A word about nap. Corduroy has a nap. When you brush your hand down the cords or wales, it feels smooth one way and slightly rough the other way. I cut out most fabric with nap so that it feels smooth as I run my hand down the garment from top to bottom. When sewing with nap, it is better to get into the practice (if you can) of sewing down the nap as well, i.e. form top to bottom on each seam. If you sew UP the nap, and the nap is thick enough, you run the risk of getting the nap caught up in the stitching so that it looks rough along the line of stitching. This is most important when topstitching. This corduroy isn’t THAT “nappy” but I thought I would sew it properly anyway.
First, I completed the sleeve vent finishing. I had zigzagged the raw edge last time. This time, I ironed over a tiny fold so that the zigzag stitch would be on the underside of the vent edge and sewed it down. When you are wearing the jacket, you can’t see any of this which may be why the instructions don’t call for it. But I like to know that most of the inside of my garment is finished so I don’t get any raveling later or if it DOES ravel, it won’t ravel right into the structural stitching of the garment. In this photo, I have ironed the edge and am about to stitch it.
Last time, I had pinned several of the seams together and so I sewed them all, including the ends of the collar, the tabs and the pocket flaps. When I ironed the seams open on the body of the jacket, I made sure to iron down or with the nap, from the top of the piece to its bottom. In this photo, the iron is poised at the top of the back on the outside and I will iron down (from right to left in the picture).
Because I am making flat felled seams, there is a lot of ironing. First on the inside to open the seam up, then on the outside, then trim one side of the seam allowance on the inside and iron the untrimmed side over, both from the inside and the outside. Whew. Finally, iron the flat fell down. In the next photo, I am showing how I have chosen to fall the seams over toward the middle piece in the three pieces that comprise each front of the jacket. The top is at the right side of the photo and the untrimmed seam allowances have been pressed toward the small, centre piece.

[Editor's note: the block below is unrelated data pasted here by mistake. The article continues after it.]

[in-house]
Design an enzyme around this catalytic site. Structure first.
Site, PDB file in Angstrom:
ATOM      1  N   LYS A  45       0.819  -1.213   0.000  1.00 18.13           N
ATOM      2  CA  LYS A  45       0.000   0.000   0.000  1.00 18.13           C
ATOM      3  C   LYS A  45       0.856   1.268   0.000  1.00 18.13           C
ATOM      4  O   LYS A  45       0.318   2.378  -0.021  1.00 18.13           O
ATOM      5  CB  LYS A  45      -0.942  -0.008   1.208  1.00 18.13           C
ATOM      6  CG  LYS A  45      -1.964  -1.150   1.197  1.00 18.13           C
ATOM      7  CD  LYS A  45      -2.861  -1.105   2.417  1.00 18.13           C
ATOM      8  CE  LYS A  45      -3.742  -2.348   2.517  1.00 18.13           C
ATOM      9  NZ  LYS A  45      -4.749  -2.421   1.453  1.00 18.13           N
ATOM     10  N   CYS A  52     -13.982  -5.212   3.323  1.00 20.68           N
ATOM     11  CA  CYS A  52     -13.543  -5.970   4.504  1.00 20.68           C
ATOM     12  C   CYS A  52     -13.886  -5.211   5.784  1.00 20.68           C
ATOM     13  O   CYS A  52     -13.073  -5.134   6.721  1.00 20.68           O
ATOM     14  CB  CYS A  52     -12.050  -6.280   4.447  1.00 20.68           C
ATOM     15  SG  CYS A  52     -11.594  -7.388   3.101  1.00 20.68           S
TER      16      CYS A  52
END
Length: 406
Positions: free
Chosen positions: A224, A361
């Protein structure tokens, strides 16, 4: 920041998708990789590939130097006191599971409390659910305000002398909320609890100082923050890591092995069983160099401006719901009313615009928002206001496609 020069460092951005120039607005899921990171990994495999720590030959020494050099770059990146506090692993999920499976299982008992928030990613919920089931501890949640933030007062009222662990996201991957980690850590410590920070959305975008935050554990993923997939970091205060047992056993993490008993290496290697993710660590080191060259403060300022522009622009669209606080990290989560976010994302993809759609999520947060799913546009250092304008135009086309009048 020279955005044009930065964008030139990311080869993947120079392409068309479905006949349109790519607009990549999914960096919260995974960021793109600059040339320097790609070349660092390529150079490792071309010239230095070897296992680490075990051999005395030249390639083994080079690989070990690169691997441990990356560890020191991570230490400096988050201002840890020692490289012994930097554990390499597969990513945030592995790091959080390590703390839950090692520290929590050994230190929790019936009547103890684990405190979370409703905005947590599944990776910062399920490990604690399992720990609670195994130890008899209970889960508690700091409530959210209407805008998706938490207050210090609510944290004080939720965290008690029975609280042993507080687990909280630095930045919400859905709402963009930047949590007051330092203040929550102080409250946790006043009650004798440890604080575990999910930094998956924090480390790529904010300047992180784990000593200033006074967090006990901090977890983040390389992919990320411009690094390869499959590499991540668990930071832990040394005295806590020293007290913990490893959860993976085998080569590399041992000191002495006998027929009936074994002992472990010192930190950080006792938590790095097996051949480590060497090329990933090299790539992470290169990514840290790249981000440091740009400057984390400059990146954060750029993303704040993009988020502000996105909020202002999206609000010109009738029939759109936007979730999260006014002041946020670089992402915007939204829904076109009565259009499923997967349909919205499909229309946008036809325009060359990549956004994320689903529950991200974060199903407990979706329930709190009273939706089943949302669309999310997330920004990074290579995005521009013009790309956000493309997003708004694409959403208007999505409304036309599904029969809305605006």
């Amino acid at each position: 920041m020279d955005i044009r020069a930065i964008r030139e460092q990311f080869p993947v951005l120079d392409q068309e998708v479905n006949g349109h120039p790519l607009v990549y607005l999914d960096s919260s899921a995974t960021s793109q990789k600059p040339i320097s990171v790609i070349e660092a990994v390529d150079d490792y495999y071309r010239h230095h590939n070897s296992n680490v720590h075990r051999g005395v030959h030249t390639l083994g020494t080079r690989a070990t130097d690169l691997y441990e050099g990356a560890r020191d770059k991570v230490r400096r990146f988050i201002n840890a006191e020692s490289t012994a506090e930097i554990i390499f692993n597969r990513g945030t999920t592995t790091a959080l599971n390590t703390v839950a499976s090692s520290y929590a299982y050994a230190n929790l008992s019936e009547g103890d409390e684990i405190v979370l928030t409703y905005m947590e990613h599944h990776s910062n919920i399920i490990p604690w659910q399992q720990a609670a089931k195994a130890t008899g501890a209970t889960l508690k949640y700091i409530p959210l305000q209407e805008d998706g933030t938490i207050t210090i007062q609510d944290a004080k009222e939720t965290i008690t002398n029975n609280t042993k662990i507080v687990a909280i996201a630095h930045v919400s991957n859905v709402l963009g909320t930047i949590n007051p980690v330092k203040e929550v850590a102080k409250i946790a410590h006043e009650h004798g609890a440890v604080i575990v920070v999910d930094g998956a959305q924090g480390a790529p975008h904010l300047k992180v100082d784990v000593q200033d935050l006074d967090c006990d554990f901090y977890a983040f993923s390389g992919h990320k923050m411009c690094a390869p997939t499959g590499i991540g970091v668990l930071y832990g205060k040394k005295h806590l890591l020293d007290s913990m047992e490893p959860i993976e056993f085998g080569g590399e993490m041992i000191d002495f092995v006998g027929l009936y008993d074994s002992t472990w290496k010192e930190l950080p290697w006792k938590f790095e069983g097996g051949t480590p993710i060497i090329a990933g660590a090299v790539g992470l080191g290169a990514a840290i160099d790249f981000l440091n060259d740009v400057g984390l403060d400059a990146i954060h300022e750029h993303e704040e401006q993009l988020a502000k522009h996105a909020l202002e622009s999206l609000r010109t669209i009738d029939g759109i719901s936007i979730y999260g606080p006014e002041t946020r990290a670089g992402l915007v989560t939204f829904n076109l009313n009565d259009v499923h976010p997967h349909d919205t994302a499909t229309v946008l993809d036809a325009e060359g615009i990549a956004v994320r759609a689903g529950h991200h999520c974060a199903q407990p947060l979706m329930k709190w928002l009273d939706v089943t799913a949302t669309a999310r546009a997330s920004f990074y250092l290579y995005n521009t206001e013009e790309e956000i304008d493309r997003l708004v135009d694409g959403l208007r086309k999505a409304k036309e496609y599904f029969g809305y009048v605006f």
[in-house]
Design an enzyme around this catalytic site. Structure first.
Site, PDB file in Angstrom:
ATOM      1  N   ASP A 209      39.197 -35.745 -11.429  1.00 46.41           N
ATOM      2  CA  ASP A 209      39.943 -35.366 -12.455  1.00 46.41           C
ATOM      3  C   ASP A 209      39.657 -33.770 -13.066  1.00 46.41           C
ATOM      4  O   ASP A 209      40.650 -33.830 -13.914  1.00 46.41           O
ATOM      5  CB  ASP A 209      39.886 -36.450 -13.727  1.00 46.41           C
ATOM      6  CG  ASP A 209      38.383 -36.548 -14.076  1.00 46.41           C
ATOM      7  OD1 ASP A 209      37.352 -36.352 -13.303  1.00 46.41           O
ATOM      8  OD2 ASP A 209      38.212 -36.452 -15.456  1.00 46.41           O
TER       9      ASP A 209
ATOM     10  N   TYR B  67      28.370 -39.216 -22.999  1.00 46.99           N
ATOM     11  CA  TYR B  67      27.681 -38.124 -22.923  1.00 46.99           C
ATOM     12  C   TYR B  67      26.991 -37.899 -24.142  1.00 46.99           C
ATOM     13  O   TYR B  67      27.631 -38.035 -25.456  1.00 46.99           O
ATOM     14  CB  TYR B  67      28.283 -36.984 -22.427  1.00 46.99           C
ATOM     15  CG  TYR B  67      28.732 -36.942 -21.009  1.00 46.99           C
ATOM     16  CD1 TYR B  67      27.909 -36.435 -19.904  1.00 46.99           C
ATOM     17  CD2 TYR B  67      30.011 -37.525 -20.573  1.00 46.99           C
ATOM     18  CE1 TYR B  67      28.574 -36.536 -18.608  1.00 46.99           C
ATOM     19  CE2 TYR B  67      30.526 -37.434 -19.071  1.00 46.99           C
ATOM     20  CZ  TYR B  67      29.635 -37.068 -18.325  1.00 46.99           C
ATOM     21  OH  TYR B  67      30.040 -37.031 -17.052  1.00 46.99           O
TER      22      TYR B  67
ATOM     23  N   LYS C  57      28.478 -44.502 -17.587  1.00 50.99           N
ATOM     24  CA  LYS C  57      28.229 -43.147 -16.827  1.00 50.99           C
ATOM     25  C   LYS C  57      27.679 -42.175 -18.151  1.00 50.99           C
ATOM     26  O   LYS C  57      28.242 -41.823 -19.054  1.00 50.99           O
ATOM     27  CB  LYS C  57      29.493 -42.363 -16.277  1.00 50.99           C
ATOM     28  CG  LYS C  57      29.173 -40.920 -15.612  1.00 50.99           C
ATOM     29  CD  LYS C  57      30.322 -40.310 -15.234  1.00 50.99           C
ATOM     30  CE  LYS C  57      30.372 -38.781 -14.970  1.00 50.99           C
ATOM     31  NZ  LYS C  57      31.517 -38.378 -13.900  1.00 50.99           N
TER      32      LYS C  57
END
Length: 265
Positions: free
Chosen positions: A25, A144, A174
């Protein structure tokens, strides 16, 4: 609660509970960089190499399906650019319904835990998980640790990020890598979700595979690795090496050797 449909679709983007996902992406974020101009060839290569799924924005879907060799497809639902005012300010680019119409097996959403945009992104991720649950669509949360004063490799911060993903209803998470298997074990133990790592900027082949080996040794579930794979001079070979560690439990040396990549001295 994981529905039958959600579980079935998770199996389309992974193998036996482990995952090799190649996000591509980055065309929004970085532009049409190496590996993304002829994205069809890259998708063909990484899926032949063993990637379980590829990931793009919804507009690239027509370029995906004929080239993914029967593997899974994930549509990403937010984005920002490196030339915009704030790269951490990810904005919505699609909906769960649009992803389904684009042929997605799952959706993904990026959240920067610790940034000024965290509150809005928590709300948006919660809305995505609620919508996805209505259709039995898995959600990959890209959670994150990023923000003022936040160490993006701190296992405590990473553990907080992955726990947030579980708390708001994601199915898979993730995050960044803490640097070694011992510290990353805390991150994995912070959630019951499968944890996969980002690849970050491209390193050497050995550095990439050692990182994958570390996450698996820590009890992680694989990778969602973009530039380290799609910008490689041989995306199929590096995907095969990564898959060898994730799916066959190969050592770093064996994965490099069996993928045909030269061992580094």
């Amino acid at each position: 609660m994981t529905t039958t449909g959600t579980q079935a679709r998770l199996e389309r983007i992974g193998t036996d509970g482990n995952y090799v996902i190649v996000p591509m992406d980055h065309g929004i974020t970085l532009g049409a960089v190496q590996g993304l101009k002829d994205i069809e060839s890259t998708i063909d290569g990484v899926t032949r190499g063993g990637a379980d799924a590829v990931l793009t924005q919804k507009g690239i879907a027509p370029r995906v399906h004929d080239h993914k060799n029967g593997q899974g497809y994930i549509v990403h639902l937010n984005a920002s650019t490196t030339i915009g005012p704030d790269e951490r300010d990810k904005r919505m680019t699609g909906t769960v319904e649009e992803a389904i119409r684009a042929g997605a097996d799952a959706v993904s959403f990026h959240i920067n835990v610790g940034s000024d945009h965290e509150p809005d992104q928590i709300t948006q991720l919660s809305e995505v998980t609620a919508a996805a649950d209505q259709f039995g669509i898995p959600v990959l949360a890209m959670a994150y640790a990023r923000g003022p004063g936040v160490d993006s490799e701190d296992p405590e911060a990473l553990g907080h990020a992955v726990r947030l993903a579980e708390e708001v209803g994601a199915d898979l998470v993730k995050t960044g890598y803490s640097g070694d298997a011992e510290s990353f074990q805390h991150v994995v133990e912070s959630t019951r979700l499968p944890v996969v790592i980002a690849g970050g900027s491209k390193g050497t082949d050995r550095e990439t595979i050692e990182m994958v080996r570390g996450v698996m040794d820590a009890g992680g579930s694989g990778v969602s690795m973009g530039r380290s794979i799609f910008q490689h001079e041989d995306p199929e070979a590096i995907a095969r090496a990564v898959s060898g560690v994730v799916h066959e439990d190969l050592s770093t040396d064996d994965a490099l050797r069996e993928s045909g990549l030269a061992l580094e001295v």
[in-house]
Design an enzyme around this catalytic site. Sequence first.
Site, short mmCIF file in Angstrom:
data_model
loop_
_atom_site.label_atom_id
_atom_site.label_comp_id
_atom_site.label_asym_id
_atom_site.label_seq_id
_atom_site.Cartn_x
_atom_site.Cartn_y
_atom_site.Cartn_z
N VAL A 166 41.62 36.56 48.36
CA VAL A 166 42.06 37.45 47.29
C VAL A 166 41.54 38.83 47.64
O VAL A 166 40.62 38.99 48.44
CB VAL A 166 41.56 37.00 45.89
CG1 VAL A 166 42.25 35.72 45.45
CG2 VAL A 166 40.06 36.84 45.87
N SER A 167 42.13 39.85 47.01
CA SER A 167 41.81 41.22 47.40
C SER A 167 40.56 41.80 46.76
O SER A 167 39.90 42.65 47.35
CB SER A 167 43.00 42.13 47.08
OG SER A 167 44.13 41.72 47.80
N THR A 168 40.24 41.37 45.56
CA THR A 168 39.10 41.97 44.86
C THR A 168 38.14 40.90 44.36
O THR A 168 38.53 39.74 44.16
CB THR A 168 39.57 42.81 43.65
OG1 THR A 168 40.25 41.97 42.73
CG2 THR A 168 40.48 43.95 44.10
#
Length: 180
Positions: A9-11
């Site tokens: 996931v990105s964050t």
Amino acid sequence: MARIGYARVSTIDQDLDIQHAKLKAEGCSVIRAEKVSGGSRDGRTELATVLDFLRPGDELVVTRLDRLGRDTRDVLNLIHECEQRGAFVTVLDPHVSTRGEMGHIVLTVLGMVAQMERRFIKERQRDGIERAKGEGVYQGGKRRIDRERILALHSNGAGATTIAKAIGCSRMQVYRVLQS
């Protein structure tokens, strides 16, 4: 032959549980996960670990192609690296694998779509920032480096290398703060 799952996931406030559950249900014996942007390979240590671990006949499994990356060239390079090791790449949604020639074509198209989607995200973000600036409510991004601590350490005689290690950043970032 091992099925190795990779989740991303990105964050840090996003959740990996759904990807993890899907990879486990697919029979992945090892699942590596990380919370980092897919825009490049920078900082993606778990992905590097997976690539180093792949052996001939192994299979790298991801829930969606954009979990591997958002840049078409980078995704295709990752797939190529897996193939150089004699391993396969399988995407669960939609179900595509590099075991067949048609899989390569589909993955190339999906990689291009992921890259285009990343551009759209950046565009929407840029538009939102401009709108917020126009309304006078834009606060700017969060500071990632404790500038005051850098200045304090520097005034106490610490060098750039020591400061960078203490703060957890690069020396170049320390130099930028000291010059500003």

Now I will fold each seam allowance under and then sew it down. In the next photo, I have started sewing down the flat fell from the top of the jacket front, so that I sew WITH the nap. I am sewing with the wrong or inside up but I am still concerned about the nap.
Now, for pieces that you have to sew AROUND like pocket flaps, you just have to sew and not worry about the nap. The instructions call for making a double line of topstitching on the collar, flaps and tabs before you sew them to the jacket, so that is what I have done. First I turn them all right side out, after trimming the excess seam allowances. The collar is a big enough piece that I can press open the end seams a little before I turn it.
The tabs are a jolly pain to turn because they are so narrow. I spent several minutes pulling them right side out bit by bit. The pocket flaps are easier but you still have to work at getting the outside or right side of the flap so that the underside doesn’t roll out and show.
After I’ve turned them right side out, I put the underside of the flap facing up on my ironing board and I work at the edge with my fingers. I roll the edge so that the seam is flat and then I roll the underside (the damask) out to the edge but leave a tiny bit of the upperside or the corduroy showing and then press it.
Once I have all these pieces pressed flat, then I topstitch them. The next photo shows me making the turn on the curved part of the pocket flap. I am on the second line of topstitching and have lifted the presser foot so I can make the turn bit by bit. On some curves, you take a couple of stitches then lift the foot and turn a tiny bit, put it down and take another stitch or two, and repeat until the curve has been stitched.
In the final photo, I have both flaps finished and have turned one to the wrong side or underside to show what it looks like.